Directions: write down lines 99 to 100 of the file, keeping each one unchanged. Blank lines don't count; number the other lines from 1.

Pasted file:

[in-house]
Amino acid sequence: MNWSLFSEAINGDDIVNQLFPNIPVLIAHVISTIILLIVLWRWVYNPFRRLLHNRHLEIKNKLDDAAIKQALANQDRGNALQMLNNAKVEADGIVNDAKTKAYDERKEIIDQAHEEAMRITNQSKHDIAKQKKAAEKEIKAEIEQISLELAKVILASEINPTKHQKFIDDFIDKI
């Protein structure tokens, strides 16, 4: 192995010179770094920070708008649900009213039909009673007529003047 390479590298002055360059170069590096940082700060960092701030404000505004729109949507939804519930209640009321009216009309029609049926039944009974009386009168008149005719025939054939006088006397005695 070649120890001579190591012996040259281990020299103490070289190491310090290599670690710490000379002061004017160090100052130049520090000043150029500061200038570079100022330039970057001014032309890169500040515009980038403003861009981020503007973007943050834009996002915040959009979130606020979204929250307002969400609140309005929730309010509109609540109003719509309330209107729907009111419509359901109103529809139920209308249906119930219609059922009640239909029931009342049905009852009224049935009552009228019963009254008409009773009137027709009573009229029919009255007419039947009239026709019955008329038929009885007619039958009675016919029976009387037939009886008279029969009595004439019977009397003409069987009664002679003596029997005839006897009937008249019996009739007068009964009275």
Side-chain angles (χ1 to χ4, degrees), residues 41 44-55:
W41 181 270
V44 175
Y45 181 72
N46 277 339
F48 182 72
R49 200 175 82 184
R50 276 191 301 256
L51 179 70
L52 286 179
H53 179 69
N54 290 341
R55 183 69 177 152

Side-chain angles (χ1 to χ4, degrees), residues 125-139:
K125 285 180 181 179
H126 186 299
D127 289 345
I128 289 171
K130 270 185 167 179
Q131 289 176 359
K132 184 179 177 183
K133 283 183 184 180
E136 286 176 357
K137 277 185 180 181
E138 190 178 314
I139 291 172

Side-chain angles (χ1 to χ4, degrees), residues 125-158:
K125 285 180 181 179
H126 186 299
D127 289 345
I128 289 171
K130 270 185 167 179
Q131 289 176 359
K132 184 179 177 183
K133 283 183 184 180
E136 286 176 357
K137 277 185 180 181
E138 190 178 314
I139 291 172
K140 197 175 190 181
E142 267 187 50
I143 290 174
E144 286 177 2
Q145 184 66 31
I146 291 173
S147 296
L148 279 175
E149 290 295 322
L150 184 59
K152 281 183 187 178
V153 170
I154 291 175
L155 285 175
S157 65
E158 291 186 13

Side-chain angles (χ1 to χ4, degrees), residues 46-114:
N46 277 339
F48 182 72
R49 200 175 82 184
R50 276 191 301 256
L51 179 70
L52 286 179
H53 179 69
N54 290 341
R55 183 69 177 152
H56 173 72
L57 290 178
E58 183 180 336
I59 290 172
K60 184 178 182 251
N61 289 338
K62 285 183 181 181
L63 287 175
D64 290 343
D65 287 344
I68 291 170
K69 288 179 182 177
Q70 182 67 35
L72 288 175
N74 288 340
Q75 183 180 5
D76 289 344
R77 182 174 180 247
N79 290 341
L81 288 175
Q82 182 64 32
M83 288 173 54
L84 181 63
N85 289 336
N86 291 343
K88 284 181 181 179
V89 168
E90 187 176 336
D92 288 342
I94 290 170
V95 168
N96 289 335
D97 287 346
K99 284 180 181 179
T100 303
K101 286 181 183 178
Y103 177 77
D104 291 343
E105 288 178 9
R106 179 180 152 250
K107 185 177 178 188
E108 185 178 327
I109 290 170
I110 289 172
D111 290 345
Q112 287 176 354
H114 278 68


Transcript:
V95 168
N96 289 335